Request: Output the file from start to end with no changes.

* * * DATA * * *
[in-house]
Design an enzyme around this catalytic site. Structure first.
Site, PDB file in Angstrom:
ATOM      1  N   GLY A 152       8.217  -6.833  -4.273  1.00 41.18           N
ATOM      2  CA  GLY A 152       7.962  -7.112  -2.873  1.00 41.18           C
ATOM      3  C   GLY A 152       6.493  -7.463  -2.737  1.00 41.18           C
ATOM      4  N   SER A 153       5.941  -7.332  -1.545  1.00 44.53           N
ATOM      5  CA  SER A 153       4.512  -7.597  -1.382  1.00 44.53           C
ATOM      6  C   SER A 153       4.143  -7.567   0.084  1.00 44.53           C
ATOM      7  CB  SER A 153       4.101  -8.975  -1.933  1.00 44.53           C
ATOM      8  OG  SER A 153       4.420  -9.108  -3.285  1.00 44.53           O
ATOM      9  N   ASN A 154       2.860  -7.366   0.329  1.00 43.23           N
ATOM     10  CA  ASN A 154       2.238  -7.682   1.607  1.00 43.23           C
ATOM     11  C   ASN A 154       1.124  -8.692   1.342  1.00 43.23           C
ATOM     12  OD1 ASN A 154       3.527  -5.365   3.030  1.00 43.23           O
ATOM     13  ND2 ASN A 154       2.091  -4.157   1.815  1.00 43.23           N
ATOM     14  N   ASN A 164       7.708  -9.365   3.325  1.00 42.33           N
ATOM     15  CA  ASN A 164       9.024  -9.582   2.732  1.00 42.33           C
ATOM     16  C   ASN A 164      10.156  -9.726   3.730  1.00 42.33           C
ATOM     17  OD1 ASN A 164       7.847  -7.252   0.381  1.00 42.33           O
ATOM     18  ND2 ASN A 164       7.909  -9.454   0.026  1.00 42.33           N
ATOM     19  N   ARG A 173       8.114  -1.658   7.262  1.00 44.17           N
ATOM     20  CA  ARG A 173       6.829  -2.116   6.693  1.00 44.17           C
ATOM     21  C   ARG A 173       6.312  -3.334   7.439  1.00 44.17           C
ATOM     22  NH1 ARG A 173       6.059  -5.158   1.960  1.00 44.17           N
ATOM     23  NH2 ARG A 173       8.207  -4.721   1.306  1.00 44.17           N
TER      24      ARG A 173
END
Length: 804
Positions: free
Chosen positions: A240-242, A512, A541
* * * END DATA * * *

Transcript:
[in-house]
Design an enzyme around this catalytic site. Structure first.
Site, PDB file in Angstrom:
ATOM      1  N   GLY A 152       8.217  -6.833  -4.273  1.00 41.18           N
ATOM      2  CA  GLY A 152       7.962  -7.112  -2.873  1.00 41.18           C
ATOM      3  C   GLY A 152       6.493  -7.463  -2.737  1.00 41.18           C
ATOM      4  N   SER A 153       5.941  -7.332  -1.545  1.00 44.53           N
ATOM      5  CA  SER A 153       4.512  -7.597  -1.382  1.00 44.53           C
ATOM      6  C   SER A 153       4.143  -7.567   0.084  1.00 44.53           C
ATOM      7  CB  SER A 153       4.101  -8.975  -1.933  1.00 44.53           C
ATOM      8  OG  SER A 153       4.420  -9.108  -3.285  1.00 44.53           O
ATOM      9  N   ASN A 154       2.860  -7.366   0.329  1.00 43.23           N
ATOM     10  CA  ASN A 154       2.238  -7.682   1.607  1.00 43.23           C
ATOM     11  C   ASN A 154       1.124  -8.692   1.342  1.00 43.23           C
ATOM     12  OD1 ASN A 154       3.527  -5.365   3.030  1.00 43.23           O
ATOM     13  ND2 ASN A 154       2.091  -4.157   1.815  1.00 43.23           N
ATOM     14  N   ASN A 164       7.708  -9.365   3.325  1.00 42.33           N
ATOM     15  CA  ASN A 164       9.024  -9.582   2.732  1.00 42.33           C
ATOM     16  C   ASN A 164      10.156  -9.726   3.730  1.00 42.33           C
ATOM     17  OD1 ASN A 164       7.847  -7.252   0.381  1.00 42.33           O
ATOM     18  ND2 ASN A 164       7.909  -9.454   0.026  1.00 42.33           N
ATOM     19  N   ARG A 173       8.114  -1.658   7.262  1.00 44.17           N
ATOM     20  CA  ARG A 173       6.829  -2.116   6.693  1.00 44.17           C
ATOM     21  C   ARG A 173       6.312  -3.334   7.439  1.00 44.17           C
ATOM     22  NH1 ARG A 173       6.059  -5.158   1.960  1.00 44.17           N
ATOM     23  NH2 ARG A 173       8.207  -4.721   1.306  1.00 44.17           N
TER      24      ARG A 173
END
Length: 804
Positions: free
Chosen positions: A240-242, A512, A541